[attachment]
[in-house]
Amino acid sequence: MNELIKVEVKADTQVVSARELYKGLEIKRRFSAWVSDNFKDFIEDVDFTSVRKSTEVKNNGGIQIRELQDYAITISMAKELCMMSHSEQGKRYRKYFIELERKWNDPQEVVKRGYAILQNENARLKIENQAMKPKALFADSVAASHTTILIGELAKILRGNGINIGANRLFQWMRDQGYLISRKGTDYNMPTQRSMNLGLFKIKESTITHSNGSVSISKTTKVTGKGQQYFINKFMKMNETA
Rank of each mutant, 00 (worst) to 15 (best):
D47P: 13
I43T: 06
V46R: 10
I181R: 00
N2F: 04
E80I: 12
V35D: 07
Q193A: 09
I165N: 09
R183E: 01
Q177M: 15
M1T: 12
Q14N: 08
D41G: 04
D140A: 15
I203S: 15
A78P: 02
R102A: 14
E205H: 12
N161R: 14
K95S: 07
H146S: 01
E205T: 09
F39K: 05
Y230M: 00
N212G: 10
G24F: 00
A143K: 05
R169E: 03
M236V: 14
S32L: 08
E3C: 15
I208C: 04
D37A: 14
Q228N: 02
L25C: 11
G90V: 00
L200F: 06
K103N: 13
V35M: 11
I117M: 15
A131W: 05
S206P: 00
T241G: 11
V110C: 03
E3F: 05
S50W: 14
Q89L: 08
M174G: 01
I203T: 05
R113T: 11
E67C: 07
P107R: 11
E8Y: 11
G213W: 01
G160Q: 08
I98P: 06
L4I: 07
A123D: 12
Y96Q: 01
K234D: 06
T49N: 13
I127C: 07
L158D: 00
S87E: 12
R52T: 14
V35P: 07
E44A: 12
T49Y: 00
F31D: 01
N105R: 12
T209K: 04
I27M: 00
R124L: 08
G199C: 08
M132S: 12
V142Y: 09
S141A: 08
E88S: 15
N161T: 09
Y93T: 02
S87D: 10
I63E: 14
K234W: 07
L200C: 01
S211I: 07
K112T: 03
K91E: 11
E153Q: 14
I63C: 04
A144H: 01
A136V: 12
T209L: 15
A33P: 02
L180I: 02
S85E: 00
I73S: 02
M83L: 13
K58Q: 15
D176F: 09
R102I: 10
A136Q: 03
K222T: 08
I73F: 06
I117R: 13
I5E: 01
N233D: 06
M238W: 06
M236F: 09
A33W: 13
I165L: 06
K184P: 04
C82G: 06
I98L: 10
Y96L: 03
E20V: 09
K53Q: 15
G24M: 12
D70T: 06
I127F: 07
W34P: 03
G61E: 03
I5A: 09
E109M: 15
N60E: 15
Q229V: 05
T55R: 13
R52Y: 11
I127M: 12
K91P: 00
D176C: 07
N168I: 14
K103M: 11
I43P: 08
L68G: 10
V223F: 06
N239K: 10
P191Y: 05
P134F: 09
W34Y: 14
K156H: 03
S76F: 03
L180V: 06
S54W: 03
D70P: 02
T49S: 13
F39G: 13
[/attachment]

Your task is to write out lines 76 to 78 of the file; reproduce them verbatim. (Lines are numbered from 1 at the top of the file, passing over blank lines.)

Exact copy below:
I27M: 00
R124L: 08
G199C: 08